RE: MMSI numbers
Good questions, Ken.
Pushing the red button, with an MMSI installed and the GPS hooked to the radio will only send out an undesignated emergency alarm on VHF channel 70. Your radio will transmit the digital alarm briefly on 70 and then revert to 16. The CG will respond on 16 and, just like an all voice event, will ask the same questions. So essentially pushing the red button is a digital means of getting their attention and they will still need to talk to you.
I have an Uniden 525 VHF radio and I can either (a) use the red button to send an undesignated alarm with my MMSI and my lat/long or I can (b) select the DSC menu, select emergency and then select a designated emergency, like fire, sinking, injury, piracy etc. All DSC radios have the ability to send different types of messages, ship to ship, Pan Pan, all ships, position request etc. These other options are accessed through the DSC menu function, not the red button.
You are right about boats changing hands and not having current info programmed, and yes that could be problem. If I were to sell my boat I would darn well make sure I have erased my personal MMSI from the VHF before handing over the keys. I dont want to have someone else sending off my info to the CG. If I bought a new boat one of the first things I would do is to change the MMSI to a new one with my info. To do this some of the radios may need to be sent to the factory for reprogramming.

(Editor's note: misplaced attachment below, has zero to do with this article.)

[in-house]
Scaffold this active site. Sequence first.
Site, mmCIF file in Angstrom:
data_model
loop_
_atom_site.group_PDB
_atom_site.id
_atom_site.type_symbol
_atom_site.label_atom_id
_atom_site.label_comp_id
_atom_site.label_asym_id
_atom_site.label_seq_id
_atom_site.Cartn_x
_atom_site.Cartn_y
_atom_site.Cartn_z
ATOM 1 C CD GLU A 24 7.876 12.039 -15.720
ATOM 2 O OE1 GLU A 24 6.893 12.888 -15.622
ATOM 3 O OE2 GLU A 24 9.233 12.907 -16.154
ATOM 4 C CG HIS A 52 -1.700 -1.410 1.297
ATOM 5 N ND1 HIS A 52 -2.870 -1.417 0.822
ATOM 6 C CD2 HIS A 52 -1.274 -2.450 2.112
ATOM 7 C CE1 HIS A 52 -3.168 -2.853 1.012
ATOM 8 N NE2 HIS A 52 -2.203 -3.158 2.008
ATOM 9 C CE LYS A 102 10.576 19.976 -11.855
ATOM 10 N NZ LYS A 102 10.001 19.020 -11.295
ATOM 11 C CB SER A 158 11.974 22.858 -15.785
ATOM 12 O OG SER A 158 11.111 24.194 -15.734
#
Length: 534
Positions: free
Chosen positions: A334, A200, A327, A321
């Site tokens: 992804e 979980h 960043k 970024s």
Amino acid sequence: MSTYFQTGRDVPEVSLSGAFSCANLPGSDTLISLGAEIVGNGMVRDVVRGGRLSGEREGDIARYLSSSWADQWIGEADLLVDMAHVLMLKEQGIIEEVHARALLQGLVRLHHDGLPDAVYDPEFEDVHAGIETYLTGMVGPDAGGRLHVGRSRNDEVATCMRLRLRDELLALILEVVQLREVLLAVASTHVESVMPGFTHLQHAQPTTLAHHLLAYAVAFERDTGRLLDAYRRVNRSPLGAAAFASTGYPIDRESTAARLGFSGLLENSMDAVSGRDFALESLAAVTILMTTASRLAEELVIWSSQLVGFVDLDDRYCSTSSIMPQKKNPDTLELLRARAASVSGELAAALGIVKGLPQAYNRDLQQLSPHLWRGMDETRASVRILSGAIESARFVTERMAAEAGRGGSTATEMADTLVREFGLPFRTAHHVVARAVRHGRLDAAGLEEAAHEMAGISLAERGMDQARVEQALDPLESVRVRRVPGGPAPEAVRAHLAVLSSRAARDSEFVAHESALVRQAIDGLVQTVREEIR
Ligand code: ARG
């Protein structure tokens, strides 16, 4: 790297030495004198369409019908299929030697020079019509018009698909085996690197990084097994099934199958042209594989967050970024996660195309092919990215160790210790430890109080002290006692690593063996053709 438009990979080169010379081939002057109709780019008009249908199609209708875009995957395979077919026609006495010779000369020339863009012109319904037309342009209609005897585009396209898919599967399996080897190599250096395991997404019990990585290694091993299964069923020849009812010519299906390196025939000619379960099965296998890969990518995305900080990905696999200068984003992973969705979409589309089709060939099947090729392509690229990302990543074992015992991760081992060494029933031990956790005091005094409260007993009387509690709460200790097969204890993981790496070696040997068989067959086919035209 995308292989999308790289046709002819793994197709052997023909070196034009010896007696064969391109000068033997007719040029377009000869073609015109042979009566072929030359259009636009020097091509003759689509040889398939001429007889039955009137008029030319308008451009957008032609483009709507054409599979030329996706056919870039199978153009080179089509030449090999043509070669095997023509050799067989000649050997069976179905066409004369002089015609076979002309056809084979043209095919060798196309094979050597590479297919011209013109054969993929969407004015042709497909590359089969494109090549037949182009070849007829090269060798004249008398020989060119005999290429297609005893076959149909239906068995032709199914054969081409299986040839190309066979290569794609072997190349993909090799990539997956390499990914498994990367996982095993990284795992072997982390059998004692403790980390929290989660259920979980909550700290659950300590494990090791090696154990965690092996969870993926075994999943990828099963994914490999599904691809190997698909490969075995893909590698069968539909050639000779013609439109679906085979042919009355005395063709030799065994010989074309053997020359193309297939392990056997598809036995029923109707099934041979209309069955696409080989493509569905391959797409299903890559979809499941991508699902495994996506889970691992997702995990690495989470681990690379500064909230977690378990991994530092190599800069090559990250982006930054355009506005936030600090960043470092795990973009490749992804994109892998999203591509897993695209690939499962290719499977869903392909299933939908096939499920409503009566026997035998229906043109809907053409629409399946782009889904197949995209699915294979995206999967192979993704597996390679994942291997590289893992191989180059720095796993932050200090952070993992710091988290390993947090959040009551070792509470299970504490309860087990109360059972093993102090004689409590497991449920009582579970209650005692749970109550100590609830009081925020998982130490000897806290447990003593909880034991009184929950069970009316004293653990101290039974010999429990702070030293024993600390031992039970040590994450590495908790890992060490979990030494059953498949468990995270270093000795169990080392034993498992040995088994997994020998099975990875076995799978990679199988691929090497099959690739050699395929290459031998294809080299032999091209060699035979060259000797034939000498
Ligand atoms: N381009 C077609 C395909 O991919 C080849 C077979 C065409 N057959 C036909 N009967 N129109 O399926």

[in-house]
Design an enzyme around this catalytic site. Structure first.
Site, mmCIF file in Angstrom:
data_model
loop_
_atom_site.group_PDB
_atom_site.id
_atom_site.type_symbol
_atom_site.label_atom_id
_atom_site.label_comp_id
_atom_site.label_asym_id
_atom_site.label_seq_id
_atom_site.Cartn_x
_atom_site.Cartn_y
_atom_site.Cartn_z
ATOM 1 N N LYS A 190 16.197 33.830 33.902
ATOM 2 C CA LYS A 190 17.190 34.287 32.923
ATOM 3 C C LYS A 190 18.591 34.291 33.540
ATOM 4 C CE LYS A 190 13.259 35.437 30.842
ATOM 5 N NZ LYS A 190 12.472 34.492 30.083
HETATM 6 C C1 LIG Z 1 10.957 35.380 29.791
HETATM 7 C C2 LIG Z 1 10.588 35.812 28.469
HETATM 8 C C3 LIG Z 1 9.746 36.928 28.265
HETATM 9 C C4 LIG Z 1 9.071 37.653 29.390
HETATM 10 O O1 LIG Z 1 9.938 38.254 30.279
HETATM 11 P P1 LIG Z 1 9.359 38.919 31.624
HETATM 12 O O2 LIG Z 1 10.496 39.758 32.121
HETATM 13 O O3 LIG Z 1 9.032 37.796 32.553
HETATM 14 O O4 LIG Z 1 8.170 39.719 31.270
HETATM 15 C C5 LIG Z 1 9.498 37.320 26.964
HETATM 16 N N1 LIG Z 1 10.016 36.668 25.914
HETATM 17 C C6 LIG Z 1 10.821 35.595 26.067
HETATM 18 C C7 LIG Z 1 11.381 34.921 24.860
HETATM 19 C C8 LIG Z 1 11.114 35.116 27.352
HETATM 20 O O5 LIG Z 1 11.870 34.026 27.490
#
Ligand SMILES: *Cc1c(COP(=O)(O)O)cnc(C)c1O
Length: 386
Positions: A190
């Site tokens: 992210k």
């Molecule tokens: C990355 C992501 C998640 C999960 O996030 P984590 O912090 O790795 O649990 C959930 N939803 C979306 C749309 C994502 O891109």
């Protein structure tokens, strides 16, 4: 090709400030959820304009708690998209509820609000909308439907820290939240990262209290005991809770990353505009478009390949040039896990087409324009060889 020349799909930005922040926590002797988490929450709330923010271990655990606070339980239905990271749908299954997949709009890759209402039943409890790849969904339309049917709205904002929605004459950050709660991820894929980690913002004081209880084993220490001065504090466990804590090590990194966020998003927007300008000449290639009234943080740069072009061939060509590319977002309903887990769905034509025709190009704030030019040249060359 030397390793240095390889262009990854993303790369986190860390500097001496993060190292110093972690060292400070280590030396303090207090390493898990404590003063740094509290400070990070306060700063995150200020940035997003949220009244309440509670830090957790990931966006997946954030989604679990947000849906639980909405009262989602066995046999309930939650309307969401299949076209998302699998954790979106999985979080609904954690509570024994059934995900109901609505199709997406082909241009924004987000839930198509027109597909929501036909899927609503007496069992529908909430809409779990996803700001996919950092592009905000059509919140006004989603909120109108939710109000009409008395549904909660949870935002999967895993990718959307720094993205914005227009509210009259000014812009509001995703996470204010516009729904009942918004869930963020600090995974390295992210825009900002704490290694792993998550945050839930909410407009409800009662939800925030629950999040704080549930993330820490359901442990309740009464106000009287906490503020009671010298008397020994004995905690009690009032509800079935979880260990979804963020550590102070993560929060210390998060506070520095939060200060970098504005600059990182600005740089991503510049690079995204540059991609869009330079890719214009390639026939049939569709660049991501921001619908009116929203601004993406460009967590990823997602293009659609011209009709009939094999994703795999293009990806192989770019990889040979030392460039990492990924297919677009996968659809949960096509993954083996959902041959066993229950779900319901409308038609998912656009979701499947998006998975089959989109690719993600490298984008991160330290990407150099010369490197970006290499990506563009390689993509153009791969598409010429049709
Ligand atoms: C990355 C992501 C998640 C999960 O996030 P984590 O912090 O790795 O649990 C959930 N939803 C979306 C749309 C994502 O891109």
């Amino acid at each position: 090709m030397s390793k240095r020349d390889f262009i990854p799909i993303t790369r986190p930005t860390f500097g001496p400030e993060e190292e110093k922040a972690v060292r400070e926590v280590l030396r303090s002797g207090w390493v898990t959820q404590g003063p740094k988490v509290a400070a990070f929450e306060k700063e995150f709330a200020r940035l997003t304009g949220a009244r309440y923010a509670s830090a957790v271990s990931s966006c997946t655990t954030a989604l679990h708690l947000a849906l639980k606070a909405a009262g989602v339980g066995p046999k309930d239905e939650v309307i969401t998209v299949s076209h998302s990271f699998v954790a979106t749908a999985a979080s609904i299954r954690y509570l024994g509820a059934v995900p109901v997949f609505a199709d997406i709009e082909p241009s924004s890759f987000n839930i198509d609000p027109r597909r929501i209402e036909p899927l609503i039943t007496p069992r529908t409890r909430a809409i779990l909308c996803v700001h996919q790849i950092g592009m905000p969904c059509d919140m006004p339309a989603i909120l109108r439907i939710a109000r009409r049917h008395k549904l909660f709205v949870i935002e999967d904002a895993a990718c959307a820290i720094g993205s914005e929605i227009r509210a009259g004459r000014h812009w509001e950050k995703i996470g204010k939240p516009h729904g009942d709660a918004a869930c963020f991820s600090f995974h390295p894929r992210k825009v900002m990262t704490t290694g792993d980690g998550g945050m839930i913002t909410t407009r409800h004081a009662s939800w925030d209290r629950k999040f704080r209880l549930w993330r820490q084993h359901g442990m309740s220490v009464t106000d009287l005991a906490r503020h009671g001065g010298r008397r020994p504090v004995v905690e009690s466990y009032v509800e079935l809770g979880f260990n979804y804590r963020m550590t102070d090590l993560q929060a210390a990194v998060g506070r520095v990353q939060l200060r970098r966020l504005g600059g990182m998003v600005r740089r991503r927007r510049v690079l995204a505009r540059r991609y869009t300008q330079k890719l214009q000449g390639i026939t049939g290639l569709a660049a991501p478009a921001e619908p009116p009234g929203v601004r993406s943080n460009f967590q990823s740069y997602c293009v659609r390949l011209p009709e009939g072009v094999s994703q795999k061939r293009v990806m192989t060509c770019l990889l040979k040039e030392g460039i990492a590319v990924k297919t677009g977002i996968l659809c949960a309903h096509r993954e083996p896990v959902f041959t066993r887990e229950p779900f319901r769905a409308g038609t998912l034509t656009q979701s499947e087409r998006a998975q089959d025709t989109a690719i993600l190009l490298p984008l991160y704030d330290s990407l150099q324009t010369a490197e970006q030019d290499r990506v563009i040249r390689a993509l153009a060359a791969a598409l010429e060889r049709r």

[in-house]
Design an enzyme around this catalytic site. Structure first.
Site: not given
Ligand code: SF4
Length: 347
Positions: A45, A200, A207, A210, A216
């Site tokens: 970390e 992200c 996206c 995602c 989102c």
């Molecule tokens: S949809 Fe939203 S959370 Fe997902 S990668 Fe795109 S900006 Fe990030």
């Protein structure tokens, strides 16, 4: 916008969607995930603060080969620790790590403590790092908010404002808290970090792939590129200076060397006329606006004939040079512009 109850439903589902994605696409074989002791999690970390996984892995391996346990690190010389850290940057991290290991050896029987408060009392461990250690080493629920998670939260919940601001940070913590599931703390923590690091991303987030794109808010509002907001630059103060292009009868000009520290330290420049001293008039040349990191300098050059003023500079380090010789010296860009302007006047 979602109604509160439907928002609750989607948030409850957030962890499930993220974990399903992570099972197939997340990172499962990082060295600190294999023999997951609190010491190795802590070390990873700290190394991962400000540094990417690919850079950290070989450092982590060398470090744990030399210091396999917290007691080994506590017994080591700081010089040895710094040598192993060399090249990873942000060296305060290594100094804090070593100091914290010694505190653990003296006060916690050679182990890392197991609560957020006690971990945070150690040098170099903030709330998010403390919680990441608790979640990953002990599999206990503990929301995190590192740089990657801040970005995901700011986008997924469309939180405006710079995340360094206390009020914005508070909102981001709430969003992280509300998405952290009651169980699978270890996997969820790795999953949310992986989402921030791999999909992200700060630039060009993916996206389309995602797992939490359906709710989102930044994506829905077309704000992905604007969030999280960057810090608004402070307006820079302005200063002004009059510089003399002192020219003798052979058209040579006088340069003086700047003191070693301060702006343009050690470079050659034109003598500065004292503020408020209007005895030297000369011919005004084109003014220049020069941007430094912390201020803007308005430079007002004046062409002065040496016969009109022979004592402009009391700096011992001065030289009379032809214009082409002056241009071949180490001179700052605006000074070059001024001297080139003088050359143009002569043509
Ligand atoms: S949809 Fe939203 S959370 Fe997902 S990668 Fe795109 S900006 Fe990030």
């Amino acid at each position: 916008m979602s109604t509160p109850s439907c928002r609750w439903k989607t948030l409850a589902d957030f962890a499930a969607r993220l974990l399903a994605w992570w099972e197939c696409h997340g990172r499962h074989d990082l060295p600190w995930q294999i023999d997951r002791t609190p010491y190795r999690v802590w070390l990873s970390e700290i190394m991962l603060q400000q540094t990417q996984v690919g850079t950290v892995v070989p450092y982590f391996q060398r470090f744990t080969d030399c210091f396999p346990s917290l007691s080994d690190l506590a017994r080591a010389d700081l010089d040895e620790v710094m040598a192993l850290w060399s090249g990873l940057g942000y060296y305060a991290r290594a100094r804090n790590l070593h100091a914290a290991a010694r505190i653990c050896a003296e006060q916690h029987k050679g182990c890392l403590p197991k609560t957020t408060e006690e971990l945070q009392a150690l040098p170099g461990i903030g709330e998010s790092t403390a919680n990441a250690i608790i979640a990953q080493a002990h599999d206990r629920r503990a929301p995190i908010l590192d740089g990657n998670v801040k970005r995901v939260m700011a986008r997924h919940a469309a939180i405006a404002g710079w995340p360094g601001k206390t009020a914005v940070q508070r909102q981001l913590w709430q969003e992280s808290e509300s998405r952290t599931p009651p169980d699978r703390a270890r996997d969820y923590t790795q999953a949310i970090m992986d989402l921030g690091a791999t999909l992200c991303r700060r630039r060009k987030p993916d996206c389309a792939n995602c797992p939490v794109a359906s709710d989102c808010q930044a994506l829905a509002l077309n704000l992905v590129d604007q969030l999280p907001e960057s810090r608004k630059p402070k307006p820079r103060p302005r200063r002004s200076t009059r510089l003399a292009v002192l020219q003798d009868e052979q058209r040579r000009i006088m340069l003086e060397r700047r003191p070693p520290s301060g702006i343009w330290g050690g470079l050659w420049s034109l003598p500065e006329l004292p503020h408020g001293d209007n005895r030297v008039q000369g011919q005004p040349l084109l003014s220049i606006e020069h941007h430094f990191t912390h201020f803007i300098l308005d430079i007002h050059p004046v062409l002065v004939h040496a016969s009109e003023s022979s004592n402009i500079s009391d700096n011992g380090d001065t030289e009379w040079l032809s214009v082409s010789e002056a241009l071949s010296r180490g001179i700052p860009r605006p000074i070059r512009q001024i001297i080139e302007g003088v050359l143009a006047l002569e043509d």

The only info that is going to pop up on your radio as a result of someone else sending an emergency DSC call is their MMSI number and their lat/long. You will not see their name, phone number or even a description of their boat. This last info is in a database and linked to the MMSI but it does not display on our VHF radios.
It is also my understanding that commercial traffic is only required to monitor 13 (bridge to bridge) or the Vessel Traffic (VTS) frequencies. In Puget Sound VHF 14 is south of Bush Point on Whidbey and VHF 5A is north of Bush Point and includes all of the Strait of Juan de Fuca and the San Juans. This is why DSC is so important. When you push that little red button it sends an alarm to ALL DSC EQUIPPED VESSELS on Channel 70 and then automatically switches their VHF to channel 16 and now everyone is listening to the emergency. If the commercial guys are only listening to 13 or 5A and you are out their broadcasting your mayday on 16 without using the DSC feature they will probably not hear you at all.
All fixed base VHF radios manufactured for sale in the US since 1997 have been required to be DSC capable. Very few handheld VHF radios have the DSC feature.